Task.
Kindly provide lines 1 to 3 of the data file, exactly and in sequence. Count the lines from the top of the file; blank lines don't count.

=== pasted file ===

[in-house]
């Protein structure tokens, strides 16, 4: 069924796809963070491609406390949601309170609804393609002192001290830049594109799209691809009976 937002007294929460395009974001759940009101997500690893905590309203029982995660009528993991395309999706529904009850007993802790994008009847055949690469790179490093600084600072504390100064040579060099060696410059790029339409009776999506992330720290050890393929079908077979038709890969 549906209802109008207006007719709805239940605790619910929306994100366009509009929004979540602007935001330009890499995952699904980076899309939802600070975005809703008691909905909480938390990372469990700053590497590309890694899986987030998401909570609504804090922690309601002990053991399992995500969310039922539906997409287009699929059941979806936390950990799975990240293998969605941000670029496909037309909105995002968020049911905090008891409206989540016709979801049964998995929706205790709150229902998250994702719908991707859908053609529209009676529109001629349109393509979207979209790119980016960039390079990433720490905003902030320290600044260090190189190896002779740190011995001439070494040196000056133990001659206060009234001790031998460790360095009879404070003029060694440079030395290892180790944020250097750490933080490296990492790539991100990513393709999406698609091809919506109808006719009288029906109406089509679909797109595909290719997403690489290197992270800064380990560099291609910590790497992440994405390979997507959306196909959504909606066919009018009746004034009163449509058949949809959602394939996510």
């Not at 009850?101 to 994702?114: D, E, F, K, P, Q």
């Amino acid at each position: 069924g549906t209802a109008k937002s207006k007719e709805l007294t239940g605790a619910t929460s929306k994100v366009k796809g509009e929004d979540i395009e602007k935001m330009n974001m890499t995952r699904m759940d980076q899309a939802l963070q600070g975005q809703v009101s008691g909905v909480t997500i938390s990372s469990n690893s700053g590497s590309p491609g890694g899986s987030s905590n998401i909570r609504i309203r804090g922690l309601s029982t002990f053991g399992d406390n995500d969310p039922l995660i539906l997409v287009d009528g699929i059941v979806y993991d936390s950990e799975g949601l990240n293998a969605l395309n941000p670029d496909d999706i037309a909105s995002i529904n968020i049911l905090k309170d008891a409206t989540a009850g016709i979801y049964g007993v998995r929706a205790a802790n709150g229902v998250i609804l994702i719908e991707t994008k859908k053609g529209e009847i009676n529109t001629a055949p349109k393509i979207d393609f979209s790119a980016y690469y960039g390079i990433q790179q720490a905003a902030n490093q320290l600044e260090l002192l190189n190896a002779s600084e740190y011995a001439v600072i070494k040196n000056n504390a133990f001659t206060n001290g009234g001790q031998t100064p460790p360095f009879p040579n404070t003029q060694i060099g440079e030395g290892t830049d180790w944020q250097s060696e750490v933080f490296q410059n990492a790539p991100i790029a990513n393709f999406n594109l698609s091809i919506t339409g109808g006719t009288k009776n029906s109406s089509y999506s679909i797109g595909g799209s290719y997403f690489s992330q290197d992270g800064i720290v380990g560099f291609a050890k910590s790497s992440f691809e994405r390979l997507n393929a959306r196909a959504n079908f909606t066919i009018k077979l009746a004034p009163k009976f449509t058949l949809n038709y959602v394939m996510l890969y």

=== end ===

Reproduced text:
[in-house]
């Protein structure tokens, strides 16, 4: 069924796809963070491609406390949601309170609804393609002192001290830049594109799209691809009976 937002007294929460395009974001759940009101997500690893905590309203029982995660009528993991395309999706529904009850007993802790994008009847055949690469790179490093600084600072504390100064040579060099060696410059790029339409009776999506992330720290050890393929079908077979038709890969 549906209802109008207006007719709805239940605790619910929306994100366009509009929004979540602007935001330009890499995952699904980076899309939802600070975005809703008691909905909480938390990372469990700053590497590309890694899986987030998401909570609504804090922690309601002990053991399992995500969310039922539906997409287009699929059941979806936390950990799975990240293998969605941000670029496909037309909105995002968020049911905090008891409206989540016709979801049964998995929706205790709150229902998250994702719908991707859908053609529209009676529109001629349109393509979207979209790119980016960039390079990433720490905003902030320290600044260090190189190896002779740190011995001439070494040196000056133990001659206060009234001790031998460790360095009879404070003029060694440079030395290892180790944020250097750490933080490296990492790539991100990513393709999406698609091809919506109808006719009288029906109406089509679909797109595909290719997403690489290197992270800064380990560099291609910590790497992440994405390979997507959306196909959504909606066919009018009746004034009163449509058949949809959602394939996510």
């Not at 009850?101 to 994702?114: D, E, F, K, P, Q």